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ELI-5 Explanation of the Data Science behind Sommelier’s First Aave Cellar

With the release of our technical explanation of the first Aave Cellar, it’s important to consider that most crypto-users are not familiar with language used in technical articles. It is therefore necessary to explain concepts in a more easy to read and digestible form. This article will be doing just that.

We’ll begin with the most asked question: what are Cellars?

Think of Sommelier Cellars as vaults where you can deposit assets and receive yield. What makes it different from other vaults is that it runs on a specific strategy that is predetermined by a cellar contract and depends on data given by the strategy provider. This partnership between the two theoretically results in better yield compared to depositing in your usual vaults.

How does this happen?

Sommelier infrastructure allows the interplay of several actors to make automated strategies possible. Below is a description of each actor and what their current role is in Cellars.

Cellar Providers

  • They are the ones who propose the specific strategy to the community

  • Responsible for the evidence that the strategy works

Strategy Providers

  • A person who send data to the cellar and recommends actions based on information obtained through off-chain computations

  • Basically, someone who suggests to perform transactions given market circumstances


  • A group of individuals who secures the Sommelier chain.

  • Responsible for fulfilling strategic recommendations by strategy providers

  • Confirms transactions / initiates transaction process.

Liquidity Providers

  • A person who wants to be exposed to the specific strategy a Cellar offers.

  • Deposits the asset applicable to the strategy.

The result?

In the case of Aave Cellars, the result of this process is that capital is moved from one liquidity pool from another depending on which pool will give the highest rewards. This is what we call automated portfolio rebalancing with efficient and cost-effective use of capital.

What is the alpha of the strategy?

The strategy is based on an in-depth data exploration of the different Aave stablecoin deposit APYs via data provided from Flipside Crypto.

We found out several interesting facts on Aave deposit supply rates:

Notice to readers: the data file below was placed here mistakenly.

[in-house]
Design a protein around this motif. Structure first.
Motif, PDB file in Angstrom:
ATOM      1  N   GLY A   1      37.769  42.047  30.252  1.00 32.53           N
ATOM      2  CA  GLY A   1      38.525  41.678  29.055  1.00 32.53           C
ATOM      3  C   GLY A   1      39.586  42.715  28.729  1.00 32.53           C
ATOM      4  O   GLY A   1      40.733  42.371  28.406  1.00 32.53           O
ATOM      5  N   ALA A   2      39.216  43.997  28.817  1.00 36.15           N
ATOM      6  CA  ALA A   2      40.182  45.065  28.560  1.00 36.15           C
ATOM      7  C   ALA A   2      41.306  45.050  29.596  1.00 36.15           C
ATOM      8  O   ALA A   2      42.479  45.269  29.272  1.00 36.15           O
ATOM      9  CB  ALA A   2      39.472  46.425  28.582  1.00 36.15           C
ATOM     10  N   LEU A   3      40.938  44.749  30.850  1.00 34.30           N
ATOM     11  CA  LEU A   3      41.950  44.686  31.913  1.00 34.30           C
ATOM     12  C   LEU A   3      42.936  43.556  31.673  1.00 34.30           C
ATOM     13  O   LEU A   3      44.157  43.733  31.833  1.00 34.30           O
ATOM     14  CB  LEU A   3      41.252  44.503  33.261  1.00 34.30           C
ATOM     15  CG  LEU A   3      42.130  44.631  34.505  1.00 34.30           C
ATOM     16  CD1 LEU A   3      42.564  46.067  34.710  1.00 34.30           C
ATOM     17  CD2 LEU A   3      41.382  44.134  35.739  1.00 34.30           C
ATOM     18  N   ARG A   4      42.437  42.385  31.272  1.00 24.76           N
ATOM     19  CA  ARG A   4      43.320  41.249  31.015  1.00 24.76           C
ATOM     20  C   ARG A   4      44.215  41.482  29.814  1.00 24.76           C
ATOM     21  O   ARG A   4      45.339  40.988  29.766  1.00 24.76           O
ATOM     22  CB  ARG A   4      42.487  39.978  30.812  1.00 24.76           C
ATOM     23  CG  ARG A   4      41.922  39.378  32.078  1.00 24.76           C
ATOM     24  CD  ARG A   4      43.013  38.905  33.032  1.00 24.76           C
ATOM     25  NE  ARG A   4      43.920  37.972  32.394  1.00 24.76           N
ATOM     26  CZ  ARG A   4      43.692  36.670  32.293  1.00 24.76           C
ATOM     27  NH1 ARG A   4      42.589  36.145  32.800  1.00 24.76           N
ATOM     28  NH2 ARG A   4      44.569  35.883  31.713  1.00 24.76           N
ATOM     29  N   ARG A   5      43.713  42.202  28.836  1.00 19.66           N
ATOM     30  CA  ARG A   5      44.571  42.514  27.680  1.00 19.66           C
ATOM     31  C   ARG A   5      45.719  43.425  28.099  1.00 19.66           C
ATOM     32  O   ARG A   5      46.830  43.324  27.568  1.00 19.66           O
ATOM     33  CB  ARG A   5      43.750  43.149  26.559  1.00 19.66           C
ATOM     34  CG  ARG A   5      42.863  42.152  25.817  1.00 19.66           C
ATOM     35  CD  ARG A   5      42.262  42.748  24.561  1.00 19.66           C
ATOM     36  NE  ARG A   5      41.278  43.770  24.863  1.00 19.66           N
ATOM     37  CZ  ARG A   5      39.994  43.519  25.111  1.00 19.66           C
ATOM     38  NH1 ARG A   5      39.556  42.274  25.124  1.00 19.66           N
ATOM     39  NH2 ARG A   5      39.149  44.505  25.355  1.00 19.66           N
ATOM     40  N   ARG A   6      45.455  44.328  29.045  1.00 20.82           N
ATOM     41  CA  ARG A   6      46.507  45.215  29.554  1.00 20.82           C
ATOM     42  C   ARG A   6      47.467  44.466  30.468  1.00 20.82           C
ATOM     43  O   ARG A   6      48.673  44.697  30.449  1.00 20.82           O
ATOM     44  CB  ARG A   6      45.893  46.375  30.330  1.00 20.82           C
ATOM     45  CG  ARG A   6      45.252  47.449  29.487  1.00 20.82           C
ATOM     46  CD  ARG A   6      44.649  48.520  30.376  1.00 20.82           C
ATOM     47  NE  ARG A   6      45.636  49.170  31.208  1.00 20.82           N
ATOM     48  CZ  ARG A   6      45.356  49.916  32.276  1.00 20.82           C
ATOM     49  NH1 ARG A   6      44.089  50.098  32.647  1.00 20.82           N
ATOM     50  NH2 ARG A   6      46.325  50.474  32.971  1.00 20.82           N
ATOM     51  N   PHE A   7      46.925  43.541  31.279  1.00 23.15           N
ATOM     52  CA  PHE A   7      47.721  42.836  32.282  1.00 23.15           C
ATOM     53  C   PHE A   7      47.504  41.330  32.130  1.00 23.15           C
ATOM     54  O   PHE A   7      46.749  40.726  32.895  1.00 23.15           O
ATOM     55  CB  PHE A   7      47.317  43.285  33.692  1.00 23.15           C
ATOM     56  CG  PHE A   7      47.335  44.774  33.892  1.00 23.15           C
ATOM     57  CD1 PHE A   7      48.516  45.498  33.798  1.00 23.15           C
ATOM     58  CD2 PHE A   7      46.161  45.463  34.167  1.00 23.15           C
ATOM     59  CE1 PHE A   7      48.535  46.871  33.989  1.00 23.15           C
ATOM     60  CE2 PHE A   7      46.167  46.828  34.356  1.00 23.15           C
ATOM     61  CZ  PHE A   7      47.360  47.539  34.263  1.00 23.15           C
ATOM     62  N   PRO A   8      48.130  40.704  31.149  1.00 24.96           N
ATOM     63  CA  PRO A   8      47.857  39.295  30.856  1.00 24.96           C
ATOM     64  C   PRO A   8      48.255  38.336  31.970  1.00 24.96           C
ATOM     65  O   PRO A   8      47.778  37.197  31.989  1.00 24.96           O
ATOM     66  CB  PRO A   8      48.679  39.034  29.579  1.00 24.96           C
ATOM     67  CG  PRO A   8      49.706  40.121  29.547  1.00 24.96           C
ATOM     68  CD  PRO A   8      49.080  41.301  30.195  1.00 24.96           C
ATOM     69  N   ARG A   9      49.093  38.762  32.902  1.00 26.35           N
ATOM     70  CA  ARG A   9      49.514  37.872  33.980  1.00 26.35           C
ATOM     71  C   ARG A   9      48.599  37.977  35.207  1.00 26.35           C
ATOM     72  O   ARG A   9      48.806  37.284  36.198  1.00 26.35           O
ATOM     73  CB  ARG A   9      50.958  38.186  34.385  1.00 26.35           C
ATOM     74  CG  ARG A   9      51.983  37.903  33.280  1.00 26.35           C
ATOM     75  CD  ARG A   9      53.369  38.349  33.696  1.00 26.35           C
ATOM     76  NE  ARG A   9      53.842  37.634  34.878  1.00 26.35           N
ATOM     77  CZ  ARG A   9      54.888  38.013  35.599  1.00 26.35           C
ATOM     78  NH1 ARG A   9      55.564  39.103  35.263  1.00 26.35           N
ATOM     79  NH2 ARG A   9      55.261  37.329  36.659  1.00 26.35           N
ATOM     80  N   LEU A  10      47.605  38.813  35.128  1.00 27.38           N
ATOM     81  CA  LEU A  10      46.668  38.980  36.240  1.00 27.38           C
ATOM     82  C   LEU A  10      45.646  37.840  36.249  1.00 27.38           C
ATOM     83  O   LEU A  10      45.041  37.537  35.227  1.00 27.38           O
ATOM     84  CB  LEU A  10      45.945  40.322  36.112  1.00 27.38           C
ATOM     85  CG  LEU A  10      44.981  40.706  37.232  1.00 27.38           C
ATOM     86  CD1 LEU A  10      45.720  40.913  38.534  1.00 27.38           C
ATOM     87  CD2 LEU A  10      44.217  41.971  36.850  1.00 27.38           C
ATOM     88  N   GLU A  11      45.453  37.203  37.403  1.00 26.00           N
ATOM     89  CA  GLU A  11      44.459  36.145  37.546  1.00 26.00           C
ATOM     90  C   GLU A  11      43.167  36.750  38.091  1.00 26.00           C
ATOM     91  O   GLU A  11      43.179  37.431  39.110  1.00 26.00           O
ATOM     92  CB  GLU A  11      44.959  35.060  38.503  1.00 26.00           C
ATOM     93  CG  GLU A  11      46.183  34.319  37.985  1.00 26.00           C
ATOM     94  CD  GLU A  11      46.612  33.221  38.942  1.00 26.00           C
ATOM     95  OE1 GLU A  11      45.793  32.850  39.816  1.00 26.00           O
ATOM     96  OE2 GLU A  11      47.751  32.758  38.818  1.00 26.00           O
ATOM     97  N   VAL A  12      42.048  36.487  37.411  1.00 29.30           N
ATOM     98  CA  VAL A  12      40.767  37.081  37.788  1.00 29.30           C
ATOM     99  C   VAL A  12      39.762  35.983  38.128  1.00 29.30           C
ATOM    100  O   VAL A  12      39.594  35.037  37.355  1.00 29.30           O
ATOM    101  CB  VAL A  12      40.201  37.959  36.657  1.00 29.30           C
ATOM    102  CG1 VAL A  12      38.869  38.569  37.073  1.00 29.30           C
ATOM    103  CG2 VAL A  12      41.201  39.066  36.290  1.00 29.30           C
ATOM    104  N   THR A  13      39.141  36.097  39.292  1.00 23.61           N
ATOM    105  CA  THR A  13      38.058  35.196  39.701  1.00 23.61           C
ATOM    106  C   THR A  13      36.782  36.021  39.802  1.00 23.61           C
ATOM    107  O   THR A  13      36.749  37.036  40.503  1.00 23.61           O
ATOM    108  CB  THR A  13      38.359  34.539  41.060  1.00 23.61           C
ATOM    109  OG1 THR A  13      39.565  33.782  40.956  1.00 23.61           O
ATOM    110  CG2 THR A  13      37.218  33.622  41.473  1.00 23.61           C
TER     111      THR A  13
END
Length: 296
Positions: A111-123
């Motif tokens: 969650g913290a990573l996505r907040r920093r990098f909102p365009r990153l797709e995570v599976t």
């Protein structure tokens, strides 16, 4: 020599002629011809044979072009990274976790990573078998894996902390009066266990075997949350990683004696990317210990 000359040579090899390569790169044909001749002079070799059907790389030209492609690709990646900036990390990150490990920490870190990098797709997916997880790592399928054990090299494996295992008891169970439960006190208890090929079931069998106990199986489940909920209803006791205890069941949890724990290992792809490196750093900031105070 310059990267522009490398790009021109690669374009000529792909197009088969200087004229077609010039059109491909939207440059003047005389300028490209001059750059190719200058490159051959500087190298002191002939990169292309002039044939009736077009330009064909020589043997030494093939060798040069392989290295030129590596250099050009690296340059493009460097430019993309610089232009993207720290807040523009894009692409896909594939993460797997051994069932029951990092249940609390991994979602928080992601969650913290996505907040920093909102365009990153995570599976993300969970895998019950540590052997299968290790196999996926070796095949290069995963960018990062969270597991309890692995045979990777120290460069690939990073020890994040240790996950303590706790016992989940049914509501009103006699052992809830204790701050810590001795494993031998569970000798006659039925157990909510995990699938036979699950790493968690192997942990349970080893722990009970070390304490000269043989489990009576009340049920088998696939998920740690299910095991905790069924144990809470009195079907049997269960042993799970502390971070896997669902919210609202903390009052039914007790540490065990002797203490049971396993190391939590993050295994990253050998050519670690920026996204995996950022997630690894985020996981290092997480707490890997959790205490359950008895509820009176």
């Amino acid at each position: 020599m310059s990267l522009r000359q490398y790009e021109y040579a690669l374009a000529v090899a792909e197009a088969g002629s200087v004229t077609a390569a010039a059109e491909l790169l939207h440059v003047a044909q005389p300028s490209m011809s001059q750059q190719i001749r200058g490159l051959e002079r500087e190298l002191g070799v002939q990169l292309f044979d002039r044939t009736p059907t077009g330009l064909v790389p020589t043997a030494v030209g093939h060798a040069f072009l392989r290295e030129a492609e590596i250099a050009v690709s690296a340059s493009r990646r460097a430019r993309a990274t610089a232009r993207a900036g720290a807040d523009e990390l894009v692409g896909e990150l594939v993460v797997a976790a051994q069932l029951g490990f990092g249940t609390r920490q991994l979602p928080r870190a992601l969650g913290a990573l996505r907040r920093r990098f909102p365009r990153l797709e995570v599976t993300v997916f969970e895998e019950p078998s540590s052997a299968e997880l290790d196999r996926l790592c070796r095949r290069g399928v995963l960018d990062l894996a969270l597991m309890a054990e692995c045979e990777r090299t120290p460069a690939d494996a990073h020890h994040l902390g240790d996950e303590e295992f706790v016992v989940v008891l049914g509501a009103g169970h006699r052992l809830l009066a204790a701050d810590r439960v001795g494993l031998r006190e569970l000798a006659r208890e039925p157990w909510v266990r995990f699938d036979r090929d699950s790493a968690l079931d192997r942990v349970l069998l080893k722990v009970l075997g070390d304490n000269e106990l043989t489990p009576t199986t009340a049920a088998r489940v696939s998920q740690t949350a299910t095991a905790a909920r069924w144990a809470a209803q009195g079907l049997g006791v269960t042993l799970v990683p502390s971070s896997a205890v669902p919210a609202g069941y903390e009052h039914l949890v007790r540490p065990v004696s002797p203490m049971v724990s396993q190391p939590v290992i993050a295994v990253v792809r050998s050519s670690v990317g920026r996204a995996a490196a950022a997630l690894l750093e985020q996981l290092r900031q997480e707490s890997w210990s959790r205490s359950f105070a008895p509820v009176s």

• Supply rates can also be volatile for stablecoins

  • There are periods of higher volatility and periods of lower volatility

  • A pool with the current high APY is not necessarily the best place to deposit capital.

Taking these three facts together, there’s an opportunity in implementing a strategy that would maximize returns for depositors by dynamically moving capital from one pool to the other.

Why does this strategy need to be run on a cellar?

The Sommelier team decided to use sophisticated time-series forecasting which utilizes historical data and predicts patterns to be able to make informed decisions in rebalancing transactions. This kind of forecasting cannot be done using on-chain smart contracts due to the limitation in processing information, which off-chain computation can provide.

This special attribute of Sommelier Finance is that our infrastructure allows us to connect on-chain and off-chain data to determine the best possible strategy that can be taken by the Cellar.

How did we test for performance?

To test the performance of the Cellar, we created a simulator with the following parameters and definitions in the table below. The simulator was then run on top of historical data, which resulted in strategies being implemented according to past data and on-chain parameters.

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What we found out was that dynamically switching from lending one stablecoin to another can result in optimal use of capital in a given time frame, but only if certain parameters are met.

Does the strategy make sense for validators to run?

It makes sense for the strategy to be run by validators because of the necessary fees that are needed to perform transactions on Ethereum. Rebalancing calls may not be worth spending on depending gas prices and other circumstances when the transaction is needed.

We need to remember that transaction costs are actually paid for the validators and if we rebalance the portfolio too often, it will not be an efficient use of capital.

Does the Cellar scale with TVL?

As with any strategy, there is a TVL limit where the strategy is no longer effective. A large stablecoin position will decrease interest collected from the pool.

Therefore, in some strategies where the TVL exceeds a certain point, the interest being supplied may not be enough to cover for the gas fees paid to perform transactions. This goes the same way with smaller sized TVL positions where the interest gained may be too small to cover for costs.

To address this problem, we included TVL as an additional parameter to which rebalancing calls were used. The strategy now simulates the size of the cellar’s position in vaults to automatically optimize for the best lending position.

The Verdict: Cellar Performance

Overall, the Aave Stablecoin Cellar achieves optimal performance in identifying the best stablecoin to lend in Aave by accounting for volatility, position and gas costs.

The value proposition for Aave stablecoin cellar is that if you’re going to be using stablecoins to gain yield from cryptocurrencies, you’ll be better off depositing through our Cellars to boost your yield rewards.

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